~I object to all posts made by "he who shall not be named" unless expressly written otherwise~ thanks to rugbygirl!



  6. #6
    Join Date
    Jul. 5, 2007
    Location
    Beside Myself ~ Western NY
    Posts
    11,936

    Default

    Generally the second field goes through the gates. So, yes, it is totally possible to hunt and not risk your neck over scary jumps.
    ::If I was wrong don't you think I would know it?::



  7. #7
    Join Date
    Feb. 6, 2003
    Location
    Deep South
    Posts
    16,512

    Default

    It is like any other activity. You make informed decisions to minimize risk. Become informed ! Join you local hunt for summer activities and learn how it works.
    ... _. ._ .._. .._



  8. #8
    Join Date
    Apr. 8, 2004
    Location
    The Great, uh, Green (?!?!) North!
    Posts
    4,255

    Default

    It's also going to depends on the hunt... I wouldn't go out with *our* local hunt as I've seen a much too cavalier attitude on safety from a number of its members (which is quite frankly the general reputation of the hunt as well), but there are plenty of hunts back east I would love to try going out with.
    "Adulthood? You're playing with ponies. That is, like, every 9 year old girl's dream. Adulthood?? You're rocking the HELL out of grade 6, girl."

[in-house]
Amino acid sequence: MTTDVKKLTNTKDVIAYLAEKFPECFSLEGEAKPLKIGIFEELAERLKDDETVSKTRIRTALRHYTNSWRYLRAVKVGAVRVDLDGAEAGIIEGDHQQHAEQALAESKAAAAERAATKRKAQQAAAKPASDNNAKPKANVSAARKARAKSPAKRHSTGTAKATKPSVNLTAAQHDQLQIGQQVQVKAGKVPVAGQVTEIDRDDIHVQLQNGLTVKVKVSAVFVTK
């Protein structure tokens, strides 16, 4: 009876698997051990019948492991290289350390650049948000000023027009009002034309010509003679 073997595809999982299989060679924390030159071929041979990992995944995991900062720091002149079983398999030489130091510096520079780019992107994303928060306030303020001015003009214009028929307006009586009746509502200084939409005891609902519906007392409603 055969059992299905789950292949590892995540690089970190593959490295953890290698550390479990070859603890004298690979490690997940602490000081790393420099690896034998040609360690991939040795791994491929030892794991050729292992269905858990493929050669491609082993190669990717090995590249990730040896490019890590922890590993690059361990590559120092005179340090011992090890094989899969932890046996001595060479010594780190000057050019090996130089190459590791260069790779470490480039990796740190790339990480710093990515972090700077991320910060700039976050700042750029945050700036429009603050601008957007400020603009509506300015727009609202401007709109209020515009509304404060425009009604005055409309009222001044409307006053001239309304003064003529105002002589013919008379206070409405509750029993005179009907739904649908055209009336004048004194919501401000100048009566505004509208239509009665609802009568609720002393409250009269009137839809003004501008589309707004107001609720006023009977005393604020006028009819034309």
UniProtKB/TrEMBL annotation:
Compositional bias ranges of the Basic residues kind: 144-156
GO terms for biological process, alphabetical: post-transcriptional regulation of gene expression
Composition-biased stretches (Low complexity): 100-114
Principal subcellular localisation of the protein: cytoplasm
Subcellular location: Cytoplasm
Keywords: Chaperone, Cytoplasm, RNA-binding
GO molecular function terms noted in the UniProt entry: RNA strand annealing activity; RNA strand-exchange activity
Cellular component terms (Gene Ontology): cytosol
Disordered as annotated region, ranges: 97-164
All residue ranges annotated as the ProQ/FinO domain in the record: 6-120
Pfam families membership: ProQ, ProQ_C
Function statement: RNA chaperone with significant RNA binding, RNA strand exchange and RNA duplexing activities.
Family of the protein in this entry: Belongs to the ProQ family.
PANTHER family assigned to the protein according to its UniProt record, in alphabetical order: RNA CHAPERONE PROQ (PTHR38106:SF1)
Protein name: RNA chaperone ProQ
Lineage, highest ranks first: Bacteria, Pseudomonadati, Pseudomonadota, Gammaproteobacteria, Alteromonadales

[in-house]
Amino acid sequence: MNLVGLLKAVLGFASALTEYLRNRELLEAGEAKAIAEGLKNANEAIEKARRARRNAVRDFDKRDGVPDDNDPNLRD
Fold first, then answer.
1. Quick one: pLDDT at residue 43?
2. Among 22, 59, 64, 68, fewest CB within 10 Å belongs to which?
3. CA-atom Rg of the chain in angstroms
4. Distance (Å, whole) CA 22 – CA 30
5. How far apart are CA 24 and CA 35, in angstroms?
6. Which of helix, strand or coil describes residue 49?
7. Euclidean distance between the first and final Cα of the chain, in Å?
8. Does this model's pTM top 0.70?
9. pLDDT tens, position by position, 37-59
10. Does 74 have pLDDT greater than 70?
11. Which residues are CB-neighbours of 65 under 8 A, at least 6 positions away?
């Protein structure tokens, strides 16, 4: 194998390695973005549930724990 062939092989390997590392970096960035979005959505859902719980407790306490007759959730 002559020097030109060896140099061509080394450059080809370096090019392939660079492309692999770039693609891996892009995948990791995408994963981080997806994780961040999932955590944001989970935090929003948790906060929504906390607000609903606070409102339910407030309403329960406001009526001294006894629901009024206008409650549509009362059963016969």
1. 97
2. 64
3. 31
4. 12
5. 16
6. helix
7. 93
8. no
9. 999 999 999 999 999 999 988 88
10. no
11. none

9. #9
    Join Date
    Apr. 15, 2008
    Location
    Orlean, Va
    Posts
    2,060

    Talking Gestalt, please

    Gestalt,
    We would LOVE for you to come out with us! I, personally, would love to have more gentlemen in the field. The spring coth group was started as a thread for a ladies outing. It is open to men of different ages. We actually have a number of gentlemen join us.

    So plan on a trip east in the Fall! The ODH group is lots of fun and you really don't have to jump. We also have no need for portable fences.... We have GATES!
    Intermediate Riding Skills



  10. #10
    Join Date
    Jul. 25, 2003
    Location
    Boston Area
    Posts
    9,337

    Default

    Quote Originally Posted by Gestalt View Post

    Is there an option to go around a fence if you're feeling things are not quite right with you and your horse? Years ago I went to a hunter pace near Eugene, OR with a friend and every jump gave you the option to ride around it. (I know, I'm a total weeney!)
    Absolutely! At our hunt we require that new riders hilltop at least the first time out. And we introduced a third field for people who don't want to move along as quickly as the first two.

    You can certainly minimize the risks of hunting and it's wicked good fun!
    Equine Ink - My soapbox for equestrian writings & reviews.
    EquestrianHow2 - Operating instructions for your horse.